As usual, with a complete change of mood and style the album ends with the playful, childlike wonder of “On Off-Off On.” Here abounds ‘a touch of Christmas’ (as a 1969 British music paper once described a track off “Madcap Laughs”) and it is very nearly the soundtrack to The Godz and Mr. Barrett exchanging gifts by the fireplace as vibes, tympani, bells and flute all gently hint at “Joy To The World.” Evans and Barkan would reconvene a year later for another studio-only project, The Freak Scene’s “Psychedelic Psoul” with a track called “The Subway Ride Thru Inner Space” and that sentiment echoes in here dénouement with Evans’ most endearing line of the album: “The train lights up the subway tunnel/Leading to the answer to my dreams...” Suddenly, the album and song end after it cops to the underlining Christmas theme with a brief refrain of “Joy To The World/la la la” as it cuts off into the final sound effect: a huge explosion. Natch.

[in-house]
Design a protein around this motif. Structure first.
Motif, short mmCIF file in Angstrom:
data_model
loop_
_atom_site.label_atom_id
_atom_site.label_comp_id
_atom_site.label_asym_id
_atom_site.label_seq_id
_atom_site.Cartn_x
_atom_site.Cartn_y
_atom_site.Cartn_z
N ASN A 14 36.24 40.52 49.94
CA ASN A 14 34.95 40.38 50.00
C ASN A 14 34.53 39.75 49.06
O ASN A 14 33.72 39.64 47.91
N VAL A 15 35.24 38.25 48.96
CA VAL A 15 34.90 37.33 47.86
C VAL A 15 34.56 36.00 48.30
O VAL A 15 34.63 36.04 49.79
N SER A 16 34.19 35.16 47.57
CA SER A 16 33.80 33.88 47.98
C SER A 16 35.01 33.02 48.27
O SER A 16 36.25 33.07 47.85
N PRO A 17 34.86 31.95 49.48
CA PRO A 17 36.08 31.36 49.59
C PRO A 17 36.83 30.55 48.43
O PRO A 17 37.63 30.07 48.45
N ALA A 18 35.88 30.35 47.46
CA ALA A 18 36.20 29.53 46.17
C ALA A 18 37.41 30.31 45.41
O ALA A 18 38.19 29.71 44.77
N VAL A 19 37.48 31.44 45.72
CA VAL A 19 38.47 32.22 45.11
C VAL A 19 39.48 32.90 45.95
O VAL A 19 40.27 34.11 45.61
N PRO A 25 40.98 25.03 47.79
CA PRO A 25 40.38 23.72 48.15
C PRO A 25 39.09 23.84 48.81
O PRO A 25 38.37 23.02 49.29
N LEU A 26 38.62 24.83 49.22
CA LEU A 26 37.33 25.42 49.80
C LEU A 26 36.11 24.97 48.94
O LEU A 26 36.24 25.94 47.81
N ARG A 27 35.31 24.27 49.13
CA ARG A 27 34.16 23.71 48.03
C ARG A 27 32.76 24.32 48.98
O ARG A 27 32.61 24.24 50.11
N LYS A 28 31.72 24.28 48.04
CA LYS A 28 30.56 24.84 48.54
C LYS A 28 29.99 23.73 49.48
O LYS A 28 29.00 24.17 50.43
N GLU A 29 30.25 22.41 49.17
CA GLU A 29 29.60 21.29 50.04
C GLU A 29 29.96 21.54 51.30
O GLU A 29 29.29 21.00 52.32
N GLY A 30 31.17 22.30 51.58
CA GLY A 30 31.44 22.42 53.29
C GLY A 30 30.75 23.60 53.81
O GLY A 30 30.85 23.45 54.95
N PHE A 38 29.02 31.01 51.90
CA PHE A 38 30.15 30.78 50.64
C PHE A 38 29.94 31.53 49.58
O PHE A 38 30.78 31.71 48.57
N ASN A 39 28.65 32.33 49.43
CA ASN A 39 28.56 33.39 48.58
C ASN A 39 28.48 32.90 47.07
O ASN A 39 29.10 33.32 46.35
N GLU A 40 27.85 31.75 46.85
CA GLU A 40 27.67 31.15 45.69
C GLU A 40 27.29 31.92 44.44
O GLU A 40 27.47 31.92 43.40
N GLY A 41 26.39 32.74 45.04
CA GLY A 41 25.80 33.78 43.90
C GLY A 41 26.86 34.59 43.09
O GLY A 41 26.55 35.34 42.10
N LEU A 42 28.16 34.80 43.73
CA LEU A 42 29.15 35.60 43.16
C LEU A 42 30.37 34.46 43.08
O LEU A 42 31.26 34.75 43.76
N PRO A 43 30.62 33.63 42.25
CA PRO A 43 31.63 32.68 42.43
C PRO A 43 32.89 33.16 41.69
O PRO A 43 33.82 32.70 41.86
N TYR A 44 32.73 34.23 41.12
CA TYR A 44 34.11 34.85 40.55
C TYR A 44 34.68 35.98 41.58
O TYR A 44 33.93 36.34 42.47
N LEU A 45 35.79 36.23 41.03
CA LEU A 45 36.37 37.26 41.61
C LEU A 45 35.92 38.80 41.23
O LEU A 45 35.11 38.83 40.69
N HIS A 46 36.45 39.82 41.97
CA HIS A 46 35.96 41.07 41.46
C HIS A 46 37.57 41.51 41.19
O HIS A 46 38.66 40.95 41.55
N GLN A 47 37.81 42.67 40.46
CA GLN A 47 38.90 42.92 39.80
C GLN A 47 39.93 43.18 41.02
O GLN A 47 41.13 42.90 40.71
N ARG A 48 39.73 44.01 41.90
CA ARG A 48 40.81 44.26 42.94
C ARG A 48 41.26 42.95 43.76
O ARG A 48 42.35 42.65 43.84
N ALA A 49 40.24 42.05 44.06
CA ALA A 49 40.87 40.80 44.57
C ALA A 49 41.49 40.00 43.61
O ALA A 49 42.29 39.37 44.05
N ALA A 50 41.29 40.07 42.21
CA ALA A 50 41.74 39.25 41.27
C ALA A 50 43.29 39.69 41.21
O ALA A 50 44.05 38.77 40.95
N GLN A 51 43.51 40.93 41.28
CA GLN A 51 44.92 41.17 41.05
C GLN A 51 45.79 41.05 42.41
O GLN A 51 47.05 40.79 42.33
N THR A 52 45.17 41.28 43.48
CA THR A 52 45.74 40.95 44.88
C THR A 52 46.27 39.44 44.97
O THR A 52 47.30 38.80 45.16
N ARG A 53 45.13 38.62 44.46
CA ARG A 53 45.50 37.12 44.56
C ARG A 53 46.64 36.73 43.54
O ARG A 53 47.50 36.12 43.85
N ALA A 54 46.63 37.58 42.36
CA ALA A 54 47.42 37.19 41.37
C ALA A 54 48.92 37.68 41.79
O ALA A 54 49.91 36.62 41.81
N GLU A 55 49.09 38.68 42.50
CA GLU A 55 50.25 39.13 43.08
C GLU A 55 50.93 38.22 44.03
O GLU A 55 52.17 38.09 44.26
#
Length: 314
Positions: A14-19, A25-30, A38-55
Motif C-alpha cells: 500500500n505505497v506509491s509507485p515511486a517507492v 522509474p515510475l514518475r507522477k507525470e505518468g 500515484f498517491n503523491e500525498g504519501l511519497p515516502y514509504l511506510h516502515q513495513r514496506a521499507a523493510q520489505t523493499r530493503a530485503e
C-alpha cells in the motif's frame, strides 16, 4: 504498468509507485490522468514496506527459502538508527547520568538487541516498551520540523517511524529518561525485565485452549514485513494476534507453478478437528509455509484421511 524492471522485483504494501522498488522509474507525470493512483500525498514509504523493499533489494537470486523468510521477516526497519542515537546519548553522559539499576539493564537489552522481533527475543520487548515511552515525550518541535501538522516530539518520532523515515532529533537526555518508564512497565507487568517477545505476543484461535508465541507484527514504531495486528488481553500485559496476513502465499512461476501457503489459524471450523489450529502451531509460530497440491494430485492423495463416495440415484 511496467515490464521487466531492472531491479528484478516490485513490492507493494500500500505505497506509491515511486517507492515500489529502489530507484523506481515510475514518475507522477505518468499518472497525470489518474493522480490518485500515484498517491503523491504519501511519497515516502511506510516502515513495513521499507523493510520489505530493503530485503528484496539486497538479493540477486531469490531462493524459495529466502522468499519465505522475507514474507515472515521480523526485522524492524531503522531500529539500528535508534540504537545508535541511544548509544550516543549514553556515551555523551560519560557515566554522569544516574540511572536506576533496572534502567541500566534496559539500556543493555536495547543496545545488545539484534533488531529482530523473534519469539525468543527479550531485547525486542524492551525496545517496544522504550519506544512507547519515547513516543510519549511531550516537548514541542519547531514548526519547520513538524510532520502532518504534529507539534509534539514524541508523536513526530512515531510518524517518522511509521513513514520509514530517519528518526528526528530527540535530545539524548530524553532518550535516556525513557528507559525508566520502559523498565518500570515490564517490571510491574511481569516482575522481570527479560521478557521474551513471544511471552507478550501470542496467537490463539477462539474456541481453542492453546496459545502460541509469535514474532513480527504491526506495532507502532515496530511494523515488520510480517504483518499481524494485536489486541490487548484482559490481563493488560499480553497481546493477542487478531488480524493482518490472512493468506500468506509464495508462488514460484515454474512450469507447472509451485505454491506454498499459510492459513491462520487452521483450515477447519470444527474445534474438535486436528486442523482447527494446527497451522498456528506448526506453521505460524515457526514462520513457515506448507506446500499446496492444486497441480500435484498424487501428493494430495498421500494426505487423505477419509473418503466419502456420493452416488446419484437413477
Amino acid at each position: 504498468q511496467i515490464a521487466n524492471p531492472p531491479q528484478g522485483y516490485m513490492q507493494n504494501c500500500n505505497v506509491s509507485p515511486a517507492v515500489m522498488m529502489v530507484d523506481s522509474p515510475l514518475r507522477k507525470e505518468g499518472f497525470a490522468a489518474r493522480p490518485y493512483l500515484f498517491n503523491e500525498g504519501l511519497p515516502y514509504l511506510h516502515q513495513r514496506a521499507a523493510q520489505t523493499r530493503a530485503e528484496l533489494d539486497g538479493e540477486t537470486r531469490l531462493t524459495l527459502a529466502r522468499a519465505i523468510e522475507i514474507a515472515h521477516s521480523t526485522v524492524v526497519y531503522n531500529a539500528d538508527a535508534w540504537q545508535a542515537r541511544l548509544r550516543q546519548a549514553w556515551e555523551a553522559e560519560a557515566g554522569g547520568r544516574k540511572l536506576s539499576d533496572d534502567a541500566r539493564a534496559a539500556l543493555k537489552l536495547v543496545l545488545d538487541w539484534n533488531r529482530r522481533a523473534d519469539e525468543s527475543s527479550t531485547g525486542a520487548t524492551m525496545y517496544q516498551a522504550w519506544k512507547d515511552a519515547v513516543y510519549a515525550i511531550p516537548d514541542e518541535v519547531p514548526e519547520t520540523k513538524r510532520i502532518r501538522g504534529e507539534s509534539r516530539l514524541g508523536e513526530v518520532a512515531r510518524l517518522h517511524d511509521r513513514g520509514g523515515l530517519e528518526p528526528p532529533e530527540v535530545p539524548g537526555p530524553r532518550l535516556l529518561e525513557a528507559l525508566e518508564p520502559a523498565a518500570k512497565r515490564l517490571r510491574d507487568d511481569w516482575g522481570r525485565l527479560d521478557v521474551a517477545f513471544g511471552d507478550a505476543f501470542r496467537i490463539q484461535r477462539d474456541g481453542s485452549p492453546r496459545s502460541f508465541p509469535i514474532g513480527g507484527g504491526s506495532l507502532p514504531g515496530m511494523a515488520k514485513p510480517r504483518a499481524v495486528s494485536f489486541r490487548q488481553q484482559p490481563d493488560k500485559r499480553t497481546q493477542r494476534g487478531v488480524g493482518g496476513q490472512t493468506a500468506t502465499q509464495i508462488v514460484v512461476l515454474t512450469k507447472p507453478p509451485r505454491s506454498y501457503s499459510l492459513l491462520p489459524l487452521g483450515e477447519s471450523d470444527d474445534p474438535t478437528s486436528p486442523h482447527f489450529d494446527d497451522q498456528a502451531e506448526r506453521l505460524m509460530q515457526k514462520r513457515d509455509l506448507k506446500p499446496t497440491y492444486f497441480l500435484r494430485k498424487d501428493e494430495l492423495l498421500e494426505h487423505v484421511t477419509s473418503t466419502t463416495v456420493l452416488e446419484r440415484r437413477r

Listen to in the dark for maximum effect.

It was not until the mid nineties that “Psychedelic Moods” first saw release on CD, issued on Collectables within a string of five separate volumes of outtakes from the “Psychedelic Moods” sessions combined alongside material from other Evans-related projects and productions. “Psychedelic Moods” has been poorly bootlegged several times on vinyl, but the recent CD release on Radioactive is the best-sounding version thus far, both in sound quality and the use of the dramatically superior stereo mix.